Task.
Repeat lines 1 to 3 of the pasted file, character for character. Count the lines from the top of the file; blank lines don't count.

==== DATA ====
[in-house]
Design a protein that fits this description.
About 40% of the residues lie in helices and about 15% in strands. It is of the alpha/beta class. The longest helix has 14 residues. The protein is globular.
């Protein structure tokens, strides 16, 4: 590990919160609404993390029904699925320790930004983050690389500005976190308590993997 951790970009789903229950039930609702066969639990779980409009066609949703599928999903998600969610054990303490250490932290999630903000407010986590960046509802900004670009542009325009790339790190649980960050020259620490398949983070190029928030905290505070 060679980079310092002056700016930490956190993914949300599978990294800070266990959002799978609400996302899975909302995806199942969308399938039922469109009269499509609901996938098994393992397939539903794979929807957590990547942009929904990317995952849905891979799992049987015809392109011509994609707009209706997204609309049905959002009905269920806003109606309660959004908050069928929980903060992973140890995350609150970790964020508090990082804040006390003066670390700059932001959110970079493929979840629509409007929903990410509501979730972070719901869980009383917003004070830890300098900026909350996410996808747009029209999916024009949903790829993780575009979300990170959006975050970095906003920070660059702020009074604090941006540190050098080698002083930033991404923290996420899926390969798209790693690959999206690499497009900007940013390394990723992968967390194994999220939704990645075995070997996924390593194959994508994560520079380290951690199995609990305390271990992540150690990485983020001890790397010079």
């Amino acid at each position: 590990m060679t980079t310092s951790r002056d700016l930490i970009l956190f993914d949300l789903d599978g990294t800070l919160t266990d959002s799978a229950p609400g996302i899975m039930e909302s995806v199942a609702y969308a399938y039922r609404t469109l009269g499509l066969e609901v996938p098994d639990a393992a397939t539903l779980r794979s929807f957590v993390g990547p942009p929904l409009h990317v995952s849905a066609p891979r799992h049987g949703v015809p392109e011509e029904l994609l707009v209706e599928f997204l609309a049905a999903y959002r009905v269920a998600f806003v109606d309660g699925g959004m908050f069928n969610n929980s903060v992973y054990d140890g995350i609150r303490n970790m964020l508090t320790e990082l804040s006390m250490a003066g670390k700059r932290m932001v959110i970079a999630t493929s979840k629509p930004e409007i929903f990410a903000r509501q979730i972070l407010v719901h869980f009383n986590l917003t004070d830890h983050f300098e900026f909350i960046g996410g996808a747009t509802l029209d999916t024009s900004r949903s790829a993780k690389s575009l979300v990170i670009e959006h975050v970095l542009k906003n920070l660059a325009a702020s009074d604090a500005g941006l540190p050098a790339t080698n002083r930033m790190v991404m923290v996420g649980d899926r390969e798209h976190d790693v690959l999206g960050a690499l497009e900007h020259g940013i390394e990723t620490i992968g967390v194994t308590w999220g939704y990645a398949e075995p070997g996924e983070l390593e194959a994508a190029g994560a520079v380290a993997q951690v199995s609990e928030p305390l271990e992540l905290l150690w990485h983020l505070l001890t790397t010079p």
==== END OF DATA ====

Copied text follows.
[in-house]
Design a protein that fits this description.
About 40% of the residues lie in helices and about 15% in strands. It is of the alpha/beta class. The longest helix has 14 residues. The protein is globular.